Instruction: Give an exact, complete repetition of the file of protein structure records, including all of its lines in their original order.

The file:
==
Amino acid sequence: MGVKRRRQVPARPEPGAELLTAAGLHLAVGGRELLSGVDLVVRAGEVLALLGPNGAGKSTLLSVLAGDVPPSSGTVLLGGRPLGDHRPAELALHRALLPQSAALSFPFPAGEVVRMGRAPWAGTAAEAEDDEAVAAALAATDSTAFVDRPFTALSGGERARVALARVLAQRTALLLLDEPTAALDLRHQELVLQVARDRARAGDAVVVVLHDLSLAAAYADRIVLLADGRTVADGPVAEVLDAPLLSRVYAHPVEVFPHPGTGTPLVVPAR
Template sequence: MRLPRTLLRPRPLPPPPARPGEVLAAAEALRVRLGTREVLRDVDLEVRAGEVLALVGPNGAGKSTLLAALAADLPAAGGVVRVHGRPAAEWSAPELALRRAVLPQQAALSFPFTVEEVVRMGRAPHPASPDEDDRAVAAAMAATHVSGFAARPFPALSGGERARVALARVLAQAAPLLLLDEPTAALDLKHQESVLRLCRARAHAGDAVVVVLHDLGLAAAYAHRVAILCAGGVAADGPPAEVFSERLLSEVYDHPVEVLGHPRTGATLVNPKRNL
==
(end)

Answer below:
Amino acid sequence: MGVKRRRQVPARPEPGAELLTAAGLHLAVGGRELLSGVDLVVRAGEVLALLGPNGAGKSTLLSVLAGDVPPSSGTVLLGGRPLGDHRPAELALHRALLPQSAALSFPFPAGEVVRMGRAPWAGTAAEAEDDEAVAAALAATDSTAFVDRPFTALSGGERARVALARVLAQRTALLLLDEPTAALDLRHQELVLQVARDRARAGDAVVVVLHDLSLAAAYADRIVLLADGRTVADGPVAEVLDAPLLSRVYAHPVEVFPHPGTGTPLVVPAR
Template sequence: MRLPRTLLRPRPLPPPPARPGEVLAAAEALRVRLGTREVLRDVDLEVRAGEVLALVGPNGAGKSTLLAALAADLPAAGGVVRVHGRPAAEWSAPELALRRAVLPQQAALSFPFTVEEVVRMGRAPHPASPDEDDRAVAAAMAATHVSGFAARPFPALSGGERARVALARVLAQAAPLLLLDEPTAALDLKHQESVLRLCRARAHAGDAVVVVLHDLGLAAAYAHRVAILCAGGVAADGPPAEVFSERLLSEVYDHPVEVLGHPRTGATLVNPKRNL